Documentation is good for so many reason; such as, birth identification, marriage certificates, and more. Fine Arts is NOT any different. True it is not the same necessity; however, documentation can help prove authenticity and it can be used as a map of your family’s history. Let us explain a little further on why documentation is so very important:


  • Language: Helps place where the Fine Art was either created or where ‘piece’ was sold.
  • Style of the Script: helps prove the era in which it was written.
  • The way we write has changed slightly over the years; from our letters to our grammar.


  • The dates on the document will help prove the date of creation or purchase.


  • Artist: Sometimes the artist creates artwork to match what happens in that period of time.
    For example: An oil painting of a Still Life may portray an item/s which has just become popular in that time: clothes, accessories, etc.
  • Story: Perhaps the owner meets or knows the artist. This creates a personal story and helps prove authenticity, this is not here say anymore; you have now substantiated the data.


  • Color: the color of the paper is always looked at, especially if the ‘piece’ being viewed was supposedly created and purchased in the early 1900s. The receipt or any other documentation should be turning a yellows color.
  • Other: Handwriting, pins, tears, holes ~ all these things help prove that there was no fraudulent activity. Why? Because those who are trying to con, will want their documentation to look as perfect as possible. This was it leaves “No doubt” about the authentication.


This part of any documentation gives the appraiser somewhere to start the research.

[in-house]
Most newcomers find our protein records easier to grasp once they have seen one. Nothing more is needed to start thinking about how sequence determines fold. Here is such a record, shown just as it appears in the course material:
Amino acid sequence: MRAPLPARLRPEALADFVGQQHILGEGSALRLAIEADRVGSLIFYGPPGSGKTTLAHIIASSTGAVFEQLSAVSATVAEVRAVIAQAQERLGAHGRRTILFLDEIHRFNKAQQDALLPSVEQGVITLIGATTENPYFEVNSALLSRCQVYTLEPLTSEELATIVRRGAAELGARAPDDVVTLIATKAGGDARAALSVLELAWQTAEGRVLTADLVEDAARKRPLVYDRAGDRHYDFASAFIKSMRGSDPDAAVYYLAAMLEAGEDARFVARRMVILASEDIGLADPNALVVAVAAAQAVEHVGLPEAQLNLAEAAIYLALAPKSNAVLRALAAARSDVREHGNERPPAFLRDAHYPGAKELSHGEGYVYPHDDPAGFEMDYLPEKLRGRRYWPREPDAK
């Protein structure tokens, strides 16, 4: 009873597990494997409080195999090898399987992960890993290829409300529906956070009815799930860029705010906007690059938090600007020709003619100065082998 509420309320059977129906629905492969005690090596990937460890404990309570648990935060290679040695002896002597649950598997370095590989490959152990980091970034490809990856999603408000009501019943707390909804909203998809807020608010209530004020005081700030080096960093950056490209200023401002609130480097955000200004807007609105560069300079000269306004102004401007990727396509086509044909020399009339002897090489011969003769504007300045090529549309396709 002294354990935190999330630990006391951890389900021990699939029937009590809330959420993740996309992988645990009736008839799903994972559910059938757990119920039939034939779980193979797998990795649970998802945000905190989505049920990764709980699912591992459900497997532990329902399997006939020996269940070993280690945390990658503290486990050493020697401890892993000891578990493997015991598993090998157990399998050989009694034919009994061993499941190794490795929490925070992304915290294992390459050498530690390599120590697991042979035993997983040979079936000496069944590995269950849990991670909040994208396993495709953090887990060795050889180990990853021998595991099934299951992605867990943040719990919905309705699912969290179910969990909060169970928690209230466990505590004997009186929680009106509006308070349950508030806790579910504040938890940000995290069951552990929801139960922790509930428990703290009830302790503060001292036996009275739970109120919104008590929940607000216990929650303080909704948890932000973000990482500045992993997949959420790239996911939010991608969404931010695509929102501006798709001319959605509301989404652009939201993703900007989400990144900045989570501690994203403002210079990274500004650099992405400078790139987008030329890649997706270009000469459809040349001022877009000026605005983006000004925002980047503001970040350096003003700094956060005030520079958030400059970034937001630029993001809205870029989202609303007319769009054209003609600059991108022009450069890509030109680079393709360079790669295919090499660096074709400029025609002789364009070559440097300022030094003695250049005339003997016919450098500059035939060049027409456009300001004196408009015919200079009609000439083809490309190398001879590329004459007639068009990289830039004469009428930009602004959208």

• Increase: The amount of the dollar changes every year. Our one-dollar bill today is equal to $2.87 in the year 1980. This is one reason why an appraisal is needed, even if you had an appraisal 10 years ago you must update. (*Insurance carriers usually require an updated appraisal every 5 years.)

There is a great deal of Documentation!

If you purchased your artwork, then write down when, where, how much, what was going on at the time ~ meaning why you decided to buy this specific piece. Did you meet the artist? What was that like? Make a log of this and any receipt you may have and keep it somewhere safe, preferably, with your Portfolio/Appraisal you received from your appraiser.

But, if you received this piece as a gift, whether it came with documentation or not, then go speak to the original buyer/original receiver, whoever you can get your hands on. Ask them to tell you all that they know or remember. Think about this: Your Grandfather may have fought in one of the great wars and purchased or was given artwork at this time and in a foreign land. This is a great bonding time and a wonderful time to learn about the history of your family.

Call us at (619) 929-6192 to schedule your appointment!

Coronado Appraisals, LLC – Fine Arts Appraisal – Fine Arts Restoration
826 Orange Ave. Ste.# 147, Coronado, CA 92118-2619
Phone: (619) 929-6192 (No Text), Cell: (720) 530-6752